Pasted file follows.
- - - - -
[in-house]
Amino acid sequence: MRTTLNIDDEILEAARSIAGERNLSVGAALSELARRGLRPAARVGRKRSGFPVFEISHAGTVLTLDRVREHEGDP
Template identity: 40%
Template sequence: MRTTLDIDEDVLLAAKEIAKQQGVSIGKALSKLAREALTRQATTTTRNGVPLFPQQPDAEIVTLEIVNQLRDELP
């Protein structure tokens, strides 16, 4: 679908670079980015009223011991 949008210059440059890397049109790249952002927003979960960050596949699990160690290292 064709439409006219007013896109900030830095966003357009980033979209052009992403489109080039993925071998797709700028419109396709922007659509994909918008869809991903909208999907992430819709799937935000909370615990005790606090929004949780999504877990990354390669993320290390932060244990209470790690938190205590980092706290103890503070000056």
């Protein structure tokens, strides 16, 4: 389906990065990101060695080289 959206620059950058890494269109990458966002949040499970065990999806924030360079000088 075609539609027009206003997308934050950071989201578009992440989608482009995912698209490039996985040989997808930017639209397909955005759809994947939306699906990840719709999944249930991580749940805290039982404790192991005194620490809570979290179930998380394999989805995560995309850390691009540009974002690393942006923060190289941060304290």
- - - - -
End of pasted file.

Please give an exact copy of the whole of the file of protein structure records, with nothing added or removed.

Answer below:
[in-house]
Amino acid sequence: MRTTLNIDDEILEAARSIAGERNLSVGAALSELARRGLRPAARVGRKRSGFPVFEISHAGTVLTLDRVREHEGDP
Template identity: 40%
Template sequence: MRTTLDIDEDVLLAAKEIAKQQGVSIGKALSKLAREALTRQATTTTRNGVPLFPQQPDAEIVTLEIVNQLRDELP
């Protein structure tokens, strides 16, 4: 679908670079980015009223011991 949008210059440059890397049109790249952002927003979960960050596949699990160690290292 064709439409006219007013896109900030830095966003357009980033979209052009992403489109080039993925071998797709700028419109396709922007659509994909918008869809991903909208999907992430819709799937935000909370615990005790606090929004949780999504877990990354390669993320290390932060244990209470790690938190205590980092706290103890503070000056």
């Protein structure tokens, strides 16, 4: 389906990065990101060695080289 959206620059950058890494269109990458966002949040499970065990999806924030360079000088 075609539609027009206003997308934050950071989201578009992440989608482009995912698209490039996985040989997808930017639209397909955005759809994947939306699906990840719709999944249930991580749940805290039982404790192991005194620490809570979290179930998380394999989805995560995309850390691009540009974002690393942006923060190289941060304290």